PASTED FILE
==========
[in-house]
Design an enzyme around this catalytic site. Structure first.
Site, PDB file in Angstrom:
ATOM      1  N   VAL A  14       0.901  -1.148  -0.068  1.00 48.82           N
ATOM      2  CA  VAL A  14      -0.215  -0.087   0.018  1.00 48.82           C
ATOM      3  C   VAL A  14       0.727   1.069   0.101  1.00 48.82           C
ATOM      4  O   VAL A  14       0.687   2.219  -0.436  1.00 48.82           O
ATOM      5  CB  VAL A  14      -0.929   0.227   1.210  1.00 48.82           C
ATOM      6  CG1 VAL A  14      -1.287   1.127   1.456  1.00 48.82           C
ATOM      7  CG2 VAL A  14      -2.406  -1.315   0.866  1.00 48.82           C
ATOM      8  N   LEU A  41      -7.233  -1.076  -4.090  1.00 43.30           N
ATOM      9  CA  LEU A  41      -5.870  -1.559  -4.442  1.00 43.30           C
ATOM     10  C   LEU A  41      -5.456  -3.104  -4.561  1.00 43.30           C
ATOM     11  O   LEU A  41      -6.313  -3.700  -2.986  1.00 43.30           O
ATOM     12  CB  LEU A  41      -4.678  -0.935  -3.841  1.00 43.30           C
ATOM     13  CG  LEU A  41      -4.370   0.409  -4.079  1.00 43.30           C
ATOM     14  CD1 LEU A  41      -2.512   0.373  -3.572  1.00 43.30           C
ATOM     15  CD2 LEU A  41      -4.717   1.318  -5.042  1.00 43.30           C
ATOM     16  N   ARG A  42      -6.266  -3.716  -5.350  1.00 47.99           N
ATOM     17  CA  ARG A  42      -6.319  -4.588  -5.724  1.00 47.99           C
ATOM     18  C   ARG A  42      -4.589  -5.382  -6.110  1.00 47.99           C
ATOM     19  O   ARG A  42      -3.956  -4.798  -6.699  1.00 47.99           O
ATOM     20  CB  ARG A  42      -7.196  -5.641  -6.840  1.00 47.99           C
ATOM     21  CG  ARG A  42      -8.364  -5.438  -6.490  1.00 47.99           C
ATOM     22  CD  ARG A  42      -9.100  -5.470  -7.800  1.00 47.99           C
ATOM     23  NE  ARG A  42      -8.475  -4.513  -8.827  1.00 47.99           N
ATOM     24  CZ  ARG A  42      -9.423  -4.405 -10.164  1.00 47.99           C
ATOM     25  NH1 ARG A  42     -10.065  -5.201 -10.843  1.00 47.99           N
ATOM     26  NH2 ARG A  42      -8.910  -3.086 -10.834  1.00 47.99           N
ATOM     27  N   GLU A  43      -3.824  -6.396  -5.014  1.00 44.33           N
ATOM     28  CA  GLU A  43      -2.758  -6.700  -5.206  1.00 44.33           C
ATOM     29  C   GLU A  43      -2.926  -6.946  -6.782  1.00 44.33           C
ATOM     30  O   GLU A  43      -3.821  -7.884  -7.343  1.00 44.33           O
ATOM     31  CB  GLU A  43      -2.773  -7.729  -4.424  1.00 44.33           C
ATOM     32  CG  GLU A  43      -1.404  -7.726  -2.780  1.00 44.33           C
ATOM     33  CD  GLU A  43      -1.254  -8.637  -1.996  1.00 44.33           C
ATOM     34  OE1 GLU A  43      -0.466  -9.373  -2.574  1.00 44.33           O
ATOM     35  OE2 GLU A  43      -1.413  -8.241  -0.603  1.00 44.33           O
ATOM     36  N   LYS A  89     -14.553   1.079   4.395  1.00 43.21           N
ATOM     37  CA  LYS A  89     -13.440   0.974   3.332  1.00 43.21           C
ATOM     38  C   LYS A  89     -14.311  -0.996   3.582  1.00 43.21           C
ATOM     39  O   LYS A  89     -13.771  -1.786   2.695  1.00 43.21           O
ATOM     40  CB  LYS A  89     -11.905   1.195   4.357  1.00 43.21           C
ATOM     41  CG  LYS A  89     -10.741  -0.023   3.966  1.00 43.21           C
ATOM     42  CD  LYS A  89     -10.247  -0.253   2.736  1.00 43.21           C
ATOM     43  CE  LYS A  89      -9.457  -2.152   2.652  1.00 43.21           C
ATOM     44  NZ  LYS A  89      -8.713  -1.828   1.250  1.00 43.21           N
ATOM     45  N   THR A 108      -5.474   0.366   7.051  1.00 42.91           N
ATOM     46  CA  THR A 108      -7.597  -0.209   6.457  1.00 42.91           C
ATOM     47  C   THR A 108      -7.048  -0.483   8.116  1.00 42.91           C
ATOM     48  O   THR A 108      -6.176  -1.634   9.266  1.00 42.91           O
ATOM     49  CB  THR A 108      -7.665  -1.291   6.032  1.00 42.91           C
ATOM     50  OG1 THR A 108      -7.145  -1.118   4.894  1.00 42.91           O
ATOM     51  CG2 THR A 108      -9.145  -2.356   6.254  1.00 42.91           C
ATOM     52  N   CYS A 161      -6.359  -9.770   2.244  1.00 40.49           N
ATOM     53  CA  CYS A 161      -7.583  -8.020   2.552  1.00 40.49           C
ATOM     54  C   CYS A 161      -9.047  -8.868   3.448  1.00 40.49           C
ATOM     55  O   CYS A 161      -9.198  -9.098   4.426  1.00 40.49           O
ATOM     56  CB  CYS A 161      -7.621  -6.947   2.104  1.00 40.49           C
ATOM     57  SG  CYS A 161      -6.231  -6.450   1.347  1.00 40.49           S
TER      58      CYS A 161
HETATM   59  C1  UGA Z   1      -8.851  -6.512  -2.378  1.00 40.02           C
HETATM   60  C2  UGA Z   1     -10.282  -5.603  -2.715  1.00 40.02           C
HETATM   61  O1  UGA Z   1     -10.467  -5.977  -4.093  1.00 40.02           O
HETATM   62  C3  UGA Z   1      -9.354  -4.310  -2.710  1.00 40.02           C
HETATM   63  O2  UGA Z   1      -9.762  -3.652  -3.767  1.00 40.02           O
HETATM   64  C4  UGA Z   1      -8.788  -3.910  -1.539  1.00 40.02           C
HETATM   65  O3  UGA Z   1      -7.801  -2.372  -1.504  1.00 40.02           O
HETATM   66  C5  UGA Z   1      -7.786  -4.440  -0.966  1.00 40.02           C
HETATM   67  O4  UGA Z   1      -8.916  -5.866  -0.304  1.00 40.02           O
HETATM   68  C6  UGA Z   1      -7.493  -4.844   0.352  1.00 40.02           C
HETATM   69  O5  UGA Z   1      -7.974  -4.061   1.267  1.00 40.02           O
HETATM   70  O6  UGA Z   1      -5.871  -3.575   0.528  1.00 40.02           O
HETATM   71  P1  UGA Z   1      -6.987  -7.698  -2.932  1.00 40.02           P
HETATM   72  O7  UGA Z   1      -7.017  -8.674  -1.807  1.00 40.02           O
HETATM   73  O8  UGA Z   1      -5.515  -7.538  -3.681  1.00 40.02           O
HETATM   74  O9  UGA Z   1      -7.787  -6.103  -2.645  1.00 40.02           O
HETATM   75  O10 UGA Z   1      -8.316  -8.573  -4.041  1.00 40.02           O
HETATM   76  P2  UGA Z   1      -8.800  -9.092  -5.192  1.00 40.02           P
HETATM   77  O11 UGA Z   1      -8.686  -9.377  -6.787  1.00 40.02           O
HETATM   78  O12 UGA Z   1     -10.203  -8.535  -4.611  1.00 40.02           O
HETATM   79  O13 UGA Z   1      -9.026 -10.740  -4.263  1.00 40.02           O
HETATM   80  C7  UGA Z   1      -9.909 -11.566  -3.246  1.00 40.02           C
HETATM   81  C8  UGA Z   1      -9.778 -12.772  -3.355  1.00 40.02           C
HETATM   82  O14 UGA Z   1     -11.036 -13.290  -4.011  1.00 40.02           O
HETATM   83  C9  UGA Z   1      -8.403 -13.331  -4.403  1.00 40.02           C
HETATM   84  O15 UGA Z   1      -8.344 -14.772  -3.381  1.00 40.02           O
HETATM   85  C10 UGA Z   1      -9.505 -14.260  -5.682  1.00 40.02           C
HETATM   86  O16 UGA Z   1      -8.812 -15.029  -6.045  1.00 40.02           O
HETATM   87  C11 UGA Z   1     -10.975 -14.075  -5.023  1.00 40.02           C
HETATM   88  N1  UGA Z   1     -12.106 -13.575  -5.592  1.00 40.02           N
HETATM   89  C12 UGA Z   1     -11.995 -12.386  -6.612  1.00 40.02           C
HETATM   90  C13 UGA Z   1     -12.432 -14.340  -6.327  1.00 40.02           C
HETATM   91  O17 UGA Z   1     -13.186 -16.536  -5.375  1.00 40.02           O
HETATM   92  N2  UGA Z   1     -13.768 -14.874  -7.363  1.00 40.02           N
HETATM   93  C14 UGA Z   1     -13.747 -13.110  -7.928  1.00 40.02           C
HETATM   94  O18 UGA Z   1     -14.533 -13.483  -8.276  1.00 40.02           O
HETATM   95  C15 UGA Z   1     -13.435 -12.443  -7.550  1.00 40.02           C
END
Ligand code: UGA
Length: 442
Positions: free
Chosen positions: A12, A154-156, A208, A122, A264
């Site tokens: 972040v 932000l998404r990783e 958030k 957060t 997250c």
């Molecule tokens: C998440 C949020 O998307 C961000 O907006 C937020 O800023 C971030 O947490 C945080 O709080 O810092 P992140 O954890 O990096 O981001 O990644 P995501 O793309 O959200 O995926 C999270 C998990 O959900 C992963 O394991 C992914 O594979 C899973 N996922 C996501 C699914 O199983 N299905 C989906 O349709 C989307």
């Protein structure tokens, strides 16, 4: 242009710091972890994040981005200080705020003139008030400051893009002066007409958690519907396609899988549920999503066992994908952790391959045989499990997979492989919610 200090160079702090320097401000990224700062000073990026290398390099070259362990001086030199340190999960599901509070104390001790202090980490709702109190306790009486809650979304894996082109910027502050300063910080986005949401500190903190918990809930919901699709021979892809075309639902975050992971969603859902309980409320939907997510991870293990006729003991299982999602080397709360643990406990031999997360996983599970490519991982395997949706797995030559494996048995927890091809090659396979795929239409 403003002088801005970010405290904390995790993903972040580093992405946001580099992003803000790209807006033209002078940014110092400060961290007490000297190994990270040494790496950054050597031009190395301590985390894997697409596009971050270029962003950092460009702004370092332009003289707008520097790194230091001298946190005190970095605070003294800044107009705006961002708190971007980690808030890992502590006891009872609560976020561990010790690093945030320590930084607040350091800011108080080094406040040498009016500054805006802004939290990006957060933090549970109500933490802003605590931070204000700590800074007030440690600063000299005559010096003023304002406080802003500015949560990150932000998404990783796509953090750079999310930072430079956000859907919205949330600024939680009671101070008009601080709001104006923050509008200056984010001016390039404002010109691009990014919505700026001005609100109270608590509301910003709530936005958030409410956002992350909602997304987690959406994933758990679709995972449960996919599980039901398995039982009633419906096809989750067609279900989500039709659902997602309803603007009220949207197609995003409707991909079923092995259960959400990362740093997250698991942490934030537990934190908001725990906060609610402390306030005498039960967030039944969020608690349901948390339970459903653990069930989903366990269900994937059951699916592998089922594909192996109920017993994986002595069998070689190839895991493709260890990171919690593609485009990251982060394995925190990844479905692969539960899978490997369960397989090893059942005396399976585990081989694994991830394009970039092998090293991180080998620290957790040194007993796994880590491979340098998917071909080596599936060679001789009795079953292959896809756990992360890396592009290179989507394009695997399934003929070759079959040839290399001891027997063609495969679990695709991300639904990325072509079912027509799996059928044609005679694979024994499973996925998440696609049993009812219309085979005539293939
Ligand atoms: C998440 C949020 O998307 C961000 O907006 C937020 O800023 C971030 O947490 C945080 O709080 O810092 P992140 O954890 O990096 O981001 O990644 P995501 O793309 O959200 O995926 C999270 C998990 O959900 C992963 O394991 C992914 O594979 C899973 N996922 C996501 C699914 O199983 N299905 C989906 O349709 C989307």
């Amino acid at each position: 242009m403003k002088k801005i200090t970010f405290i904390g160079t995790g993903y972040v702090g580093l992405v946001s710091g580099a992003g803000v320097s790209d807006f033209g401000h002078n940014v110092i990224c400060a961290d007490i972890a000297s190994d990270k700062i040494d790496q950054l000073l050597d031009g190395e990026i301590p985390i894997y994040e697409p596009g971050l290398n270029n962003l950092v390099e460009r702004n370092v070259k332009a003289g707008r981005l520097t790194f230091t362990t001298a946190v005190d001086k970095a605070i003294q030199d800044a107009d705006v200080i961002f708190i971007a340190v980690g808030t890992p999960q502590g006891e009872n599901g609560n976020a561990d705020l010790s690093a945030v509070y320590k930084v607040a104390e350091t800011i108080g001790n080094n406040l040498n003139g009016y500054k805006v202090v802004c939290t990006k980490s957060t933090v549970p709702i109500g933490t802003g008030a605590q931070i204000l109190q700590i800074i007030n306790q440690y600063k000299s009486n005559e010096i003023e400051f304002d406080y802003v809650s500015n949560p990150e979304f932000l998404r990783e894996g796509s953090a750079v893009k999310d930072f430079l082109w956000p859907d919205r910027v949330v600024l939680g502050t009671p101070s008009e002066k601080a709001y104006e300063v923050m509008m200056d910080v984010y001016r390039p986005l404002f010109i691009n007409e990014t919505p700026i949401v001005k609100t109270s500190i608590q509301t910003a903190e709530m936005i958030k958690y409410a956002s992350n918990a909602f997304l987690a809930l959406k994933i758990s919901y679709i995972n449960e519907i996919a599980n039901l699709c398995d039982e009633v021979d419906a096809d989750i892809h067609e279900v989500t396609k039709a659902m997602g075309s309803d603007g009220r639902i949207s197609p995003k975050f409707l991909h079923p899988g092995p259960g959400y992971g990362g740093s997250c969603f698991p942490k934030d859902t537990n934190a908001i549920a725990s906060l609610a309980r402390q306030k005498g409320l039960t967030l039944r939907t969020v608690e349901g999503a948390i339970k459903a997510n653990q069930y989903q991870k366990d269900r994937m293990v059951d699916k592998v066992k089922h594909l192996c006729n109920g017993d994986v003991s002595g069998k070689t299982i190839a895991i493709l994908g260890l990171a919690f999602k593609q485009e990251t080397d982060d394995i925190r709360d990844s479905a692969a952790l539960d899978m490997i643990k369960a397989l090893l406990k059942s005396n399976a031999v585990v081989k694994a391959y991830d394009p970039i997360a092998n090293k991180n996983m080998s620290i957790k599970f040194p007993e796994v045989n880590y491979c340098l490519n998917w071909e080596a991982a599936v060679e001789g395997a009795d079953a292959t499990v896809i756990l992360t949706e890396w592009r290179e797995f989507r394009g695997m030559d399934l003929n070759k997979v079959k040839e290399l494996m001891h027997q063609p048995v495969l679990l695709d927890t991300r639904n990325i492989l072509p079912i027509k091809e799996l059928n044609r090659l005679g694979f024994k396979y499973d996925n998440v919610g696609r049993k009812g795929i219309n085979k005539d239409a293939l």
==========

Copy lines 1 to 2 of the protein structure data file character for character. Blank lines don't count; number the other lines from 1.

[in-house]
Design an enzyme around this catalytic site. Structure first.